The top five most common names of candidates are:

      • David 542
      • John 471
      • Paul 375
      • Richard 293
      • Peter 275

We don’t see a woman’s name feature until position 26 - Sarah is the most common female name with 119 candidates.

Felicia Willow, CEO of the Fawcett Society said:
“This data is concerning and clearly shows a lack of women in local government. We need to see more women encouraged to get into politics – for many this begins at the local level. It is vital women are represented. “We need to see all forms of government embrace modernisation. Remote working technology has been used keep local government and Parliament running during the pandemic and, as we build back, flexible working must continue for those who need it. We need to see lasting changes to make being a councillor more accessible for everyone – including those with childcare responsibilities and disabled people. This will lead to better policy and decision making with a wider range of voices being heard.”

Over recent years, we have seen the number of women standing for election to local government slowly rising thanks to significant efforts by campaigners within political parties and organisations who are committed to improving gender equality in politics. Today’s data shows we are now going backwards on gender equality and this is likely to mean we will see fewer women MPs in the future, as many women begin their political careers in local government. This must change.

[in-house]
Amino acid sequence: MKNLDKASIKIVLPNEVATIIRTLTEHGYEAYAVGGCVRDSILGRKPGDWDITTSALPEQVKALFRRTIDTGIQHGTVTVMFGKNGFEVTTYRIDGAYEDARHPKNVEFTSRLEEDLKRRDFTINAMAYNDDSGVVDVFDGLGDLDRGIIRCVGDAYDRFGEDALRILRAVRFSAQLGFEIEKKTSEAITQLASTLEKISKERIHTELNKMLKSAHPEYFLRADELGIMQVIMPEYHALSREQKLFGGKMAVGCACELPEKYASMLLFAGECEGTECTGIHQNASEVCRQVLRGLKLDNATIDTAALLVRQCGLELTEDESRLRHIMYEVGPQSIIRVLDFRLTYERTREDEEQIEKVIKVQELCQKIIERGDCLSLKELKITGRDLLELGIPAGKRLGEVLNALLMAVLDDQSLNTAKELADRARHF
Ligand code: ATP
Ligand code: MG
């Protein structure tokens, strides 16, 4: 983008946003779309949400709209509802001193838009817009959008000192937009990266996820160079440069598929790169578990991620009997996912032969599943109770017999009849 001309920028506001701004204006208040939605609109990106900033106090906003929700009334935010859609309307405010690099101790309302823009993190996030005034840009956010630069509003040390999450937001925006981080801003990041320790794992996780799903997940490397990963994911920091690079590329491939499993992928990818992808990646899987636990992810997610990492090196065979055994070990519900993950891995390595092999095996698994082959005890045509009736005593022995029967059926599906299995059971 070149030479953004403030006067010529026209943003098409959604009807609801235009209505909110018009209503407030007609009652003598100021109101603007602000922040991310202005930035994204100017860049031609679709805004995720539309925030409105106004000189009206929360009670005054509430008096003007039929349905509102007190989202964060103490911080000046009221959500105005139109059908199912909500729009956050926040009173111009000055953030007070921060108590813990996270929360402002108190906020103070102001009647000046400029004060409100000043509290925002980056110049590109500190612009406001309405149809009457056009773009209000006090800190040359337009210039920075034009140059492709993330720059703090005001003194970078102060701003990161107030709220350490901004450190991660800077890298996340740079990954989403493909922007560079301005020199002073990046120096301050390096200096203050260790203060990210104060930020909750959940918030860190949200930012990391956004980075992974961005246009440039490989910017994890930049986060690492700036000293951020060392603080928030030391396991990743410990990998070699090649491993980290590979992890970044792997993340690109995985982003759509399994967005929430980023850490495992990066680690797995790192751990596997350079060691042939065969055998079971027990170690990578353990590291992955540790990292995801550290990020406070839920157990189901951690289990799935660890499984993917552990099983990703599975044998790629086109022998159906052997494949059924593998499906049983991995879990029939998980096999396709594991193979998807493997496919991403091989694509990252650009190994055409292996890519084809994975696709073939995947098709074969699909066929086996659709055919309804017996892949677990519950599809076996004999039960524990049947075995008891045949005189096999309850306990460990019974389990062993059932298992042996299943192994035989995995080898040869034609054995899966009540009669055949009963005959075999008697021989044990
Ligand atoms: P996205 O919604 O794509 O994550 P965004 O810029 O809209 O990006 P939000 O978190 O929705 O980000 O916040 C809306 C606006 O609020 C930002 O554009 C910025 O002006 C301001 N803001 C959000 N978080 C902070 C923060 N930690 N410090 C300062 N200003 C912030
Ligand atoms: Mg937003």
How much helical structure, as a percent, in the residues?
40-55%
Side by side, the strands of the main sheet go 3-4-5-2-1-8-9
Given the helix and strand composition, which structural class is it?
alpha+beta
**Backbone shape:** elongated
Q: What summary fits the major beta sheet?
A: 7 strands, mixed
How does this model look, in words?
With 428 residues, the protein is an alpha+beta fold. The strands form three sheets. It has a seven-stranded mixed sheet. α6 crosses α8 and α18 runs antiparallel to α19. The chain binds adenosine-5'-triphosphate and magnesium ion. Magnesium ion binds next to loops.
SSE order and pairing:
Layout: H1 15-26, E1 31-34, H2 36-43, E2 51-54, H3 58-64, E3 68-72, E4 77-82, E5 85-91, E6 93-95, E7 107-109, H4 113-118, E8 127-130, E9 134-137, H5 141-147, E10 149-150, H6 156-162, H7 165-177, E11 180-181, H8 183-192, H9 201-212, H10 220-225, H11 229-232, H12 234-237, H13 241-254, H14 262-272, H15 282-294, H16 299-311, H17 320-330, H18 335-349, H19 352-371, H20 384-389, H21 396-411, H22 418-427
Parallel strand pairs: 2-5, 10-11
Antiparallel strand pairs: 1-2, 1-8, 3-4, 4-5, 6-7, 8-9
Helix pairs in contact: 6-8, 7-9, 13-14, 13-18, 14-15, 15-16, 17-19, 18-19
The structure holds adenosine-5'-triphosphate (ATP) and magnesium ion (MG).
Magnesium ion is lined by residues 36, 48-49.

Sym Roe, CEO of Democracy Club said:
“We are pleased to have been able to work with The Fawcett Society on this research. The findings emphasise the importance of keeping good data on elections: at present, data on candidates is not collected officially and centrally by the UK state.

“Democracy Club believes that information about elections and candidates should be easily accessible to everyone, from voters wishing to find out about their ballot paper to researchers like The Fawcett Society. With better information we can have more informed debates around the kind of democracy we want to live in.”